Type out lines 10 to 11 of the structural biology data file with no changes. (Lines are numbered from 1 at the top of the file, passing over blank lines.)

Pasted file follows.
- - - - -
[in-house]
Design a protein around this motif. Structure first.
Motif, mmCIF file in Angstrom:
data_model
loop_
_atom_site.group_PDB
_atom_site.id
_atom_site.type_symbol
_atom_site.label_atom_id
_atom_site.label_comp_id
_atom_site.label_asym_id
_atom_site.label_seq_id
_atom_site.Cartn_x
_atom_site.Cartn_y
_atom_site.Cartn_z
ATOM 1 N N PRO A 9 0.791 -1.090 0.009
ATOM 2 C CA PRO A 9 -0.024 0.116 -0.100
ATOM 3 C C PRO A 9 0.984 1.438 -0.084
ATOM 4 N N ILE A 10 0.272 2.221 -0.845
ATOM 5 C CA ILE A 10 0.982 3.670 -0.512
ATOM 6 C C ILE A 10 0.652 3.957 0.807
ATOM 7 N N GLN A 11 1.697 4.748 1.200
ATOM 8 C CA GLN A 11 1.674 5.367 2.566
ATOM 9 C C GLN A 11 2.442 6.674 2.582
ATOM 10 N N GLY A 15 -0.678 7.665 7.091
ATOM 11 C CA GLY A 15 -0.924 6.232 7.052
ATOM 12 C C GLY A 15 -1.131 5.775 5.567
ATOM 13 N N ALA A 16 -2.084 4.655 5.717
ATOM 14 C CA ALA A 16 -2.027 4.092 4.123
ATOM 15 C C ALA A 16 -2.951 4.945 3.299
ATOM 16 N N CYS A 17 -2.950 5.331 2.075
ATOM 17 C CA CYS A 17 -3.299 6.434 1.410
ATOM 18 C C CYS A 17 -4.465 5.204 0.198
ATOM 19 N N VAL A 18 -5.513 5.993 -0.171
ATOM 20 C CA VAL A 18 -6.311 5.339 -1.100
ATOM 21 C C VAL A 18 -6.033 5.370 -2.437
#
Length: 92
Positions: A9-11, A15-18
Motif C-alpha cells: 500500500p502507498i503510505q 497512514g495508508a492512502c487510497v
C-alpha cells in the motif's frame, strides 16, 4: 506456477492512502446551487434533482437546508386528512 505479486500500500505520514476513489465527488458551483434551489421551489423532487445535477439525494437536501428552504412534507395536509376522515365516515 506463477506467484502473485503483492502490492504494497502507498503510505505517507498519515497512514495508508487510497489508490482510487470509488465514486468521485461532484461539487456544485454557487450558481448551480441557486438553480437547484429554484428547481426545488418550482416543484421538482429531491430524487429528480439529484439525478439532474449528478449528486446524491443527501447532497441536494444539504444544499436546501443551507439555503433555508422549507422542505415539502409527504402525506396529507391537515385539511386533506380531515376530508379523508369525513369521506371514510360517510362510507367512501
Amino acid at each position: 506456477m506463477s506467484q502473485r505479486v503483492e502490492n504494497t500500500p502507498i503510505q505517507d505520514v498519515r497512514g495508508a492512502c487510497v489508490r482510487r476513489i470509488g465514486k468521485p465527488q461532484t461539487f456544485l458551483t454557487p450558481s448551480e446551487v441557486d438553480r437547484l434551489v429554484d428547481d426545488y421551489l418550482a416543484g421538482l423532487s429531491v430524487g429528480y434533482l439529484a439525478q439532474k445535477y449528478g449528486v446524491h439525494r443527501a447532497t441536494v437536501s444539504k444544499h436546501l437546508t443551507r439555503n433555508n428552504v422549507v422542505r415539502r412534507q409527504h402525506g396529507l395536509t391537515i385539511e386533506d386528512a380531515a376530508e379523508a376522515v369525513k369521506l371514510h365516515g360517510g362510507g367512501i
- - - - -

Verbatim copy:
_atom_site.label_comp_id
_atom_site.label_asym_id